76. 76.

    Shi Y, Kirwan P, Smith J, MacLean G, Orkin SH, Livesey FJ. A human stem cell model of early Alzheimer's disease pathology in Down syndrome. Sci Transl Med. 2012;4(8):P724, 124ra29.

    Google Scholar 

  77. 77.

    Israel MA, Yuan SH, Bardy C, Reyna SM, Mu Y, Herrera C, et al. Probing sporadic and familial Alzheimer's disease using induced pluripotent stem cells. Nature. 2012;482(7384):216–20.

    CAS  PubMed  PubMed Central  Article  Google Scholar 

  78. 78.

    Yagi T, Ito D, Okada Y, Akamatsu W, Nihei Y, Yoshizaki T, et al. Modeling familial Alzheimer's disease with induced pluripotent stem cells. Hum Mol Genet. 2011;20(23):4530–9.

    CAS  PubMed  Article  PubMed Central  Google Scholar 

  79. 79.

    Yan Y, Song L, Bejoy J, Zhao J, Kanekiyo T, Bu G, et al. Modeling neurodegenerative microenvironment using cortical organoids derived from human stem cells. Tissue Eng Part A. 2018;24:13–4.

    Google Scholar 

  80. 80.

    Zott B, Simon MM, Hong W, Unger F, Chen-Engerer HJ, Frosch MP, et al. A vicious cycle of β amyloid-dependent neuronal hyperactivation. Science. 2019;365(6453):559–65.

    CAS  PubMed  PubMed Central  Article  Google Scholar 

  81. 81.

    Arber C, Lovejoy C, Harris L, Willumsen N, Alatza A, Casey JM, et al. Familial Alzheimer's disease mutations in PSEN1 lead to premature human stem cell neurogenesis. Cell Rep. 2021;34(2):108615.

    CAS  PubMed  PubMed Central  Article  Google Scholar 

  82. 82.

    Zhao J, Fu Y, Yamazaki Y, Ren Y, Davis MD, Liu CC, et al. APOE4 exacerbates synapse loss and neurodegeneration in Alzheimer's disease patient iPSC-derived cerebral organoids. Nat Commun. 2020;11(1):5540.

    CAS  PubMed  PubMed Central  Article  Google Scholar 

  83. 83.

    Zuroff L, Daley D, Black KL, Koronyo-Hamaoui M. Clearance of cerebral Aβ in Alzheimer's disease: reassessing the role of microglia and monocytes. Cell Mol Life Sci. 2017;74(12):2167–201.

    CAS  PubMed  PubMed Central  Article  Google Scholar 

  84. 84.

    Ormel PR, Vieira de Sá R, van Bodegraven EJ, Karst H, Harschnitz O, MAM S, et al. Microglia innately develop within cerebral organoids. Nat Commun. 2018;9:4167.

    PubMed  PubMed Central  Article  CAS  Google Scholar 

  85. 85.

    Nzou G, Wicks RT, Wicks EE, Seale SA, Sane CH, Chen A, et al. Human cortex spheroid with a functional blood brain barrier for high-throughput neurotoxicity screening and disease modeling. Sci Rep. 2018;8(1):7413.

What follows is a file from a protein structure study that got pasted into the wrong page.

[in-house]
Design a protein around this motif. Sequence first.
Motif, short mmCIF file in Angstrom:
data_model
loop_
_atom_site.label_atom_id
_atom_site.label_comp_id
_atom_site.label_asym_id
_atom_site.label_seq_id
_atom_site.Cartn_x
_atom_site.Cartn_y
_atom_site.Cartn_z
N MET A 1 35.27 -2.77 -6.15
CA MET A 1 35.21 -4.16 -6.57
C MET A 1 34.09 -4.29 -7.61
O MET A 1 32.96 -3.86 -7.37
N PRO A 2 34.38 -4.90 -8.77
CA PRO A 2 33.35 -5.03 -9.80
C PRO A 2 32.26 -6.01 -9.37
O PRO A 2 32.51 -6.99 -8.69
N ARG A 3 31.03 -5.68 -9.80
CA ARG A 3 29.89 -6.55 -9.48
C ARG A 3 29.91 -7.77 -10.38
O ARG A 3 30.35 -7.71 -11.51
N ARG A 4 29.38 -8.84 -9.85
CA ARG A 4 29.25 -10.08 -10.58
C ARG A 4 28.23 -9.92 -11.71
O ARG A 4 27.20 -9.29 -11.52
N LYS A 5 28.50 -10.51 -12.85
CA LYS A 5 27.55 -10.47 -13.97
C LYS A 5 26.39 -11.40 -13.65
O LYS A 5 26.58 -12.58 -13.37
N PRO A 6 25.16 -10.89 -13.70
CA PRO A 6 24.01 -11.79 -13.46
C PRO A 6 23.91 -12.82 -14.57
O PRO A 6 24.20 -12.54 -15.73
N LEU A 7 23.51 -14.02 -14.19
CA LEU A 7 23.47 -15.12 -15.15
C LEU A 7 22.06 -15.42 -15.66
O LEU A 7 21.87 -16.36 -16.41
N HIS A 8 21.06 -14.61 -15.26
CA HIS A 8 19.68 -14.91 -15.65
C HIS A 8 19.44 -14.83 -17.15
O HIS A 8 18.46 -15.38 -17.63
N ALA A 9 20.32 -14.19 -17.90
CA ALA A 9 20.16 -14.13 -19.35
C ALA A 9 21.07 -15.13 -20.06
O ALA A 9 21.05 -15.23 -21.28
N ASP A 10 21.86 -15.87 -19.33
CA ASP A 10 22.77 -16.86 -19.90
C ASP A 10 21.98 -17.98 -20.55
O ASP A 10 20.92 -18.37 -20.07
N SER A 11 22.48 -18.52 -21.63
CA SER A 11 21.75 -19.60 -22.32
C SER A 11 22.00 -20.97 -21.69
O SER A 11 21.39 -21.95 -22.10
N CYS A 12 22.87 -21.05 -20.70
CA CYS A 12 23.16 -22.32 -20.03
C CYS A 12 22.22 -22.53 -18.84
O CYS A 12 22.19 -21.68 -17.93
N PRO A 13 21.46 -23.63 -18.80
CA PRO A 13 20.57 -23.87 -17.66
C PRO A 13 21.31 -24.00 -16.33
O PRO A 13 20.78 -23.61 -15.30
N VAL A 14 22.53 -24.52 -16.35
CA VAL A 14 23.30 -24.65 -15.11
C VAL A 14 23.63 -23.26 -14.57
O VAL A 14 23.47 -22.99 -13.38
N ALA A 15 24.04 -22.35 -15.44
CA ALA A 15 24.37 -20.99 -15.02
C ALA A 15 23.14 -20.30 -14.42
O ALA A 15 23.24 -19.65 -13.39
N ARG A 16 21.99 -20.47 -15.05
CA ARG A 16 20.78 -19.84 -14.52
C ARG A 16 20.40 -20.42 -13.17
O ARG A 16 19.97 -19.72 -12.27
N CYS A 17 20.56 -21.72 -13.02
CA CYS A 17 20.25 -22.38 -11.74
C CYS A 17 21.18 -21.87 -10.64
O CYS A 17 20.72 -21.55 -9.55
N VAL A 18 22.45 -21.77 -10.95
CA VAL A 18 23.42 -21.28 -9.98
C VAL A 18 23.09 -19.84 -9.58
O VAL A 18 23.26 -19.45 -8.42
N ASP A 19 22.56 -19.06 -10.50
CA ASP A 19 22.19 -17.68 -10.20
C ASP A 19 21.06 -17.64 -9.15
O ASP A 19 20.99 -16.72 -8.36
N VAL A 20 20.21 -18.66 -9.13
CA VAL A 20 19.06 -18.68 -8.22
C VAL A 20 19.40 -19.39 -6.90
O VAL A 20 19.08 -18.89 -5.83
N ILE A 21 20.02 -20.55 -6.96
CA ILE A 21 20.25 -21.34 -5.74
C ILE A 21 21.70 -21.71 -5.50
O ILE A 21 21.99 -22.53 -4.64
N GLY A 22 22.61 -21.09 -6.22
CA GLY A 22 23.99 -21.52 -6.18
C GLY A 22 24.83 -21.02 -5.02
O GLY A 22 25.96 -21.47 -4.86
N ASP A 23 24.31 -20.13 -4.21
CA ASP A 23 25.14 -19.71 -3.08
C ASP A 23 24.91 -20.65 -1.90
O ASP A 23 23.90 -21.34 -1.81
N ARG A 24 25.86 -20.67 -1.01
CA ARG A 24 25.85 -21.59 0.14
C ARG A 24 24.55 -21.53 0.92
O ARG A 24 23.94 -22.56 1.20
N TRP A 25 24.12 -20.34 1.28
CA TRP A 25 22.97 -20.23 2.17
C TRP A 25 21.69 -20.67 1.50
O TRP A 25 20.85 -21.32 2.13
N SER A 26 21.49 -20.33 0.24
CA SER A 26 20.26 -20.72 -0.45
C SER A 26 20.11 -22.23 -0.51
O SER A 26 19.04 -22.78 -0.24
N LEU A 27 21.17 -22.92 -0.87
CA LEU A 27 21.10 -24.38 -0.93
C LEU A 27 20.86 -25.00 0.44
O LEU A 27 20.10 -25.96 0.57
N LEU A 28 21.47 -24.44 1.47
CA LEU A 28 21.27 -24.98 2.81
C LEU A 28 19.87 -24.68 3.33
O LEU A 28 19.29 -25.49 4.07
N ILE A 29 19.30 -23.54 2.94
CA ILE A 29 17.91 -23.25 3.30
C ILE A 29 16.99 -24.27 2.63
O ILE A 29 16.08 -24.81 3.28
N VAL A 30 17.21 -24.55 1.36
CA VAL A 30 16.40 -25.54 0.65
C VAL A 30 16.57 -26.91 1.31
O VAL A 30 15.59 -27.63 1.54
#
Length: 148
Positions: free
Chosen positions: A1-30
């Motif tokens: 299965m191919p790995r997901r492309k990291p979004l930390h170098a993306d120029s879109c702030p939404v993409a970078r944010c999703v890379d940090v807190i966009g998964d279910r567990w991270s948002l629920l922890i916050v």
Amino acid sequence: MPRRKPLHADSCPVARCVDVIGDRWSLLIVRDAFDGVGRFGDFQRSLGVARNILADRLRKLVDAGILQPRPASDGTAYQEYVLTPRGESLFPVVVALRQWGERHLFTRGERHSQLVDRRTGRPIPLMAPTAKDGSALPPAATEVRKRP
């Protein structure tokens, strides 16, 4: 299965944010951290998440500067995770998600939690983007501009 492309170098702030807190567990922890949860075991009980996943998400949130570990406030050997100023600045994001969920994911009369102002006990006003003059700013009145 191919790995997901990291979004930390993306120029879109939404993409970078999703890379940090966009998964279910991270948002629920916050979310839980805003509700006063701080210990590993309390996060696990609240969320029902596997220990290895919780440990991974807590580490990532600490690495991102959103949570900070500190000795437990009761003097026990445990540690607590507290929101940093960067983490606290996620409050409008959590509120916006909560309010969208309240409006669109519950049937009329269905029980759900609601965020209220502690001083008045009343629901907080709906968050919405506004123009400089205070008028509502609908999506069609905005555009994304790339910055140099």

PubMed  PubMed Central  Article  CAS  Google Scholar 

  86. 86.

    Song L, Yuan X, Jones Z, Vied C, Miao Y, Marzano M, et al. Functionalization of brain region-specific spheroids with isogenic microglia-like cells. Sci Rep. 2019;9(1):11055.

    PubMed  PubMed Central  Article  CAS  Google Scholar 

  87. 87.

    Camp JG, Badsha F, Florio M, Kanton S, Gerber T, Wilsch-Bräuninger M, et al. Human cerebral organoids recapitulate gene expression programs of fetal neocortex development. Proc Natl Acad Sci U S A. 2015;112(51):15672–7. 

  88. 88.

    van Norden AGW, van Dijk EJ, de Laat KF, Philip S, OldeRikkert MGM, de Leeuw FE. Dementia: Alzheimer pathology and vascular factors: from mutually exclusive to interaction. Biochim Biophys Acta. 2012;1822(3):340–9.

    PubMed  Article  CAS  PubMed Central  Google Scholar 

  89. 89.

    Zlokovic BV. Neurovascular pathways to neurodegeneration in Alzheimer's disease and other disorders. Nat Rev Neurosci. 2011;12(12):723–38.

    CAS  PubMed  PubMed Central  Article  Google Scholar 

  90. 90.

    Mansour AA, Gonçalves JT, Bloyd CW, Li H, Fernandes S, Quang D, et al. An in vivo model of functional and vascularized human brain organoids. Nat Biotechnol. 2018;36(5):432–41.

    CAS  PubMed  PubMed Central  Article  Google Scholar 

  91. 91.

    Pham MT, Pollock KM, Rose MD, Cary W, Stewart HR, Zhou P, et al. Generation of human vascularized brain organoids. Neuroreport. 2018;29(7):588–93.

    PubMed  PubMed Central  Article  Google Scholar 

  92. 92.

    Cakir B, Xiang Y, Tanaka Y, Kural MH, Parent M, Kang YJ, et al. Engineering of human brain organoids with a functional vascular-like system. Nat Methods. 2019;16(11):1169–75.

    CAS  PubMed  PubMed Central  Article  Google Scholar 

  93. 93.

    Blander JM, Longman RS, Iliev ID, Sonnenberg GF, Artis D. Regulation of inflammation by microbiota interactions with the host. Nat Immunol. 2017;18(8):851–60.

    CAS  PubMed  PubMed Central  Article  Google Scholar 

  94. 94.

    Cattaneo A, Cattane N, Galluzzi S, Provasi S, Lopizzo N, Festari C, et al. Association of brain amyloidosis with pro-inflammatory gut bacterial taxa and peripheral inflammation markers in cognitively impaired elderly. Neurobiol Aging. 2017;49:60–8.